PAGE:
• Using social media to alleviate bad moods
  • Lying about their amount of social media usage

As stated in an article written by Hinić, several difficulties in defining social media addiction confuse the issue outright. There are some compelling suggestions to help in the argument of whether social media addiction should become a true diagnosis, which are:

  • Providing a clear diagnostic category
  • Defining a list of specific symptoms
  • Listing the subcategories
  • Finding the most accurate tools for diagnosis of social media addiction

Three Types of Internet Addiction

Another medical professional explains that there are three subtypes of internet addiction, which are excessive gaming, sexual preoccupations, and text messaging. In addition, he claims that all of these subtypes of internet addiction have the criteria for excessive or problematic social media usage. These criteria are as follows: gradually increasing the amount of social media usage (tolerance), experiencing withdrawal symptoms, and ignoring or denying negative consequences. Similarly, these are also a few of the symptoms of substance abuse disorders.

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One study found that social media addiction is indeed a precursor to poor psychological health in one of the four-year studies that examined adolescents of middle and high school age. In this study, the researchers found more evidence of this development in another study done that showed adolescents with no initial mental health disorders who tested baseline for social media addiction were 2.5 times more probable to test positive for clinical depression at their 9-month follow-up examination. Another part of the same study concluded that although males and females were both likely to become addicted to the internet, their choices of internet behavior were extremely different. Males in the study chose gaming and adult websites more often while females were more apt to choose email and social media sites, such as Facebook and Twitter (Ciarrochi et al., 2015).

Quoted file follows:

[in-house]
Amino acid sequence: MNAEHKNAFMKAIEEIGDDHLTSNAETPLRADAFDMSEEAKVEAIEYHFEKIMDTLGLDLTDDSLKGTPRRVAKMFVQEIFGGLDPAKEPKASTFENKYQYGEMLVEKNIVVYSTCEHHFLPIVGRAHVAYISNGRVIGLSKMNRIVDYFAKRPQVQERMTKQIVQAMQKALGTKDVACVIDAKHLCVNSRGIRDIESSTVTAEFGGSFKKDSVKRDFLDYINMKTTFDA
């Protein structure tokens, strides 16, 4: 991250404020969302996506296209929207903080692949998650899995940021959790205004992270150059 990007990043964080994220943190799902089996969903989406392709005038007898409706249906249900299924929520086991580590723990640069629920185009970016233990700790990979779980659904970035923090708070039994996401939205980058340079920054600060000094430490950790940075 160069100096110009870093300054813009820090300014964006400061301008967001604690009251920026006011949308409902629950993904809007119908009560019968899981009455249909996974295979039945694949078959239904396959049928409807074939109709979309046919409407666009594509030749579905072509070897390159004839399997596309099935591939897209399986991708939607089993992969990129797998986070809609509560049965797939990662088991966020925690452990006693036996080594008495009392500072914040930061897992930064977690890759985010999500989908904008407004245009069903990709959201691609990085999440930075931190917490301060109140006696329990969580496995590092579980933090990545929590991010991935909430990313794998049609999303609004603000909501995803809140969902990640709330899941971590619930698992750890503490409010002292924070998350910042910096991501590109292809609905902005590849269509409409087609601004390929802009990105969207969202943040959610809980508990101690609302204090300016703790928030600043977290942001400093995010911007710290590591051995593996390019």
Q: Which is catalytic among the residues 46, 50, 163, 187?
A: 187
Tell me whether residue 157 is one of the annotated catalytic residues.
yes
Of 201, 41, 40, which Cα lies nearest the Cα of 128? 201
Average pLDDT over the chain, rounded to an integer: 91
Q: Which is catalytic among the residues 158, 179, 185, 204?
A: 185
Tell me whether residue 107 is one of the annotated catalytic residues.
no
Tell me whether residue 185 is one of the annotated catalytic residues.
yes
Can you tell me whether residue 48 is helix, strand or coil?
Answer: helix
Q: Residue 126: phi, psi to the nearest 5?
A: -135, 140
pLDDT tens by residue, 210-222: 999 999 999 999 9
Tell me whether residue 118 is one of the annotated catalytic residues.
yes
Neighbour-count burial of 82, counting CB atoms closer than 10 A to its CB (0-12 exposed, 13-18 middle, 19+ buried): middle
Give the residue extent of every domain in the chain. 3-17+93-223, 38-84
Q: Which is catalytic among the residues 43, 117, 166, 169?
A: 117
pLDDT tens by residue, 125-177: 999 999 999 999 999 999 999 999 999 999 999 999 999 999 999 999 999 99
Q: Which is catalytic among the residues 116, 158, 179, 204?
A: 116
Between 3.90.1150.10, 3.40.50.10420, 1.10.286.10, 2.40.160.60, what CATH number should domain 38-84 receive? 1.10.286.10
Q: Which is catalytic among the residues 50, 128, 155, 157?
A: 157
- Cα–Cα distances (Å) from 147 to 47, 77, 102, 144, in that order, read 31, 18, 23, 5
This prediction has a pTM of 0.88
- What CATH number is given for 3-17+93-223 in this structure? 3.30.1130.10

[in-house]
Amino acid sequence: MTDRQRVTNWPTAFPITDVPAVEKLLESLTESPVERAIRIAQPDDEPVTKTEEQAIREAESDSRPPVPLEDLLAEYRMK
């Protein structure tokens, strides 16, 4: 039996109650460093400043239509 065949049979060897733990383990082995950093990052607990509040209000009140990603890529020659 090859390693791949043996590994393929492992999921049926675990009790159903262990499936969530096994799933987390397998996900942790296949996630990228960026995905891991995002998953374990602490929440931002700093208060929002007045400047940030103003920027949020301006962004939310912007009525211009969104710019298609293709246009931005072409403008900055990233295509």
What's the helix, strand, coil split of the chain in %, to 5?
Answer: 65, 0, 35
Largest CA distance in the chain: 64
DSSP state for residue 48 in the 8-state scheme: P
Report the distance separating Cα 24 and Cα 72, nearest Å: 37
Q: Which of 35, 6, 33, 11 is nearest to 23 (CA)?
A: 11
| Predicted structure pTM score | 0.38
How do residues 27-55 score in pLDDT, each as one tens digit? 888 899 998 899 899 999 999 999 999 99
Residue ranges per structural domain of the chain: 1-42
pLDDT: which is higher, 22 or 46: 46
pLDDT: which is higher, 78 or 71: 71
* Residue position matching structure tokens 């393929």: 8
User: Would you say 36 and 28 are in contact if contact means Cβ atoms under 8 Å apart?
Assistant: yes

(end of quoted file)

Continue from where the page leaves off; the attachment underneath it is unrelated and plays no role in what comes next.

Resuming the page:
Signs of Social Media Addiction

Even if social media addiction is not a true diagnosis, there are certain signs of addiction you can look for to determine if someone has a problem. Some of the signs that a person is addicted to social media include:

  • Spending more and more time on your social media pages
  • Thinking about your social media sites when not online
  • Feeling an overwhelming need to share something on your Facebook or other social media page
  • Getting anxious or stressed out if you have not been able to get online for a certain about of time
  • Trying to cut back on social media usage
  • Social media usage is causing negative impacts on your life, relationships, school, or work

The dispute over whether excessive or problematic social media usage is truly a disorder or just a side effect of another disorder, such as clinical depression, attention deficit hyperactivity disorder (ADHD), or bipolar disorder seems endless. In fact, both sides of the argument have excellent data to back them up, with numerous studies and a huge amount of research providing strong evidence of each aspect of the debate, but who is it really affecting the most? It is those suffering from the effects of excessive or problematic internet usage who are being affected the most when an agreement cannot be made to diagnose the problem.

Furthermore, not just mental health is suffering from excessive or problematic social media usage. There have been studies that found some college students have shown declining physical health problems, such as obesity and sleep disorders. As a matter of fact, the psychological disorders of depression, attention deficit hyperactivity disorder (ADHD), and behavior disorders, such as drug and alcohol abuse, aggression, and self-injury may all be consequences of too much social media usage, which is what many experts consider social media addiction.

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What Is Being Done?

In conclusion, much more information is needed to determine if social media addiction is a true diagnosis because the actual criteria for this disorder are not universally accepted. In the Asian countries of South Korea and China, the diagnosis of social media addiction has already been accepted as a true diagnosis and those with the disorder are finding relief from their symptoms with medication and therapy. Once the medical experts decide whether social media addiction is a true disorder, those in the psychological field will still need to agree on the best way to distinguish which type of disorder the patient has, the extent or progression of the disorder, and most importantly, how to treat the disorder.

What Can I Do?

If you believe you may be addicted to social media, there are people you can talk to about this. In fact, you do not even have to leave your house because you can talk to a professional online to determine if you have a real problem and need treatment. BetterHelp.com is the largest mental health provider source in the world and has over 2,000 licensed counselors, therapists, and psychologists. They are available 24 hours a day, seven days a week so you can contact them at your convenience.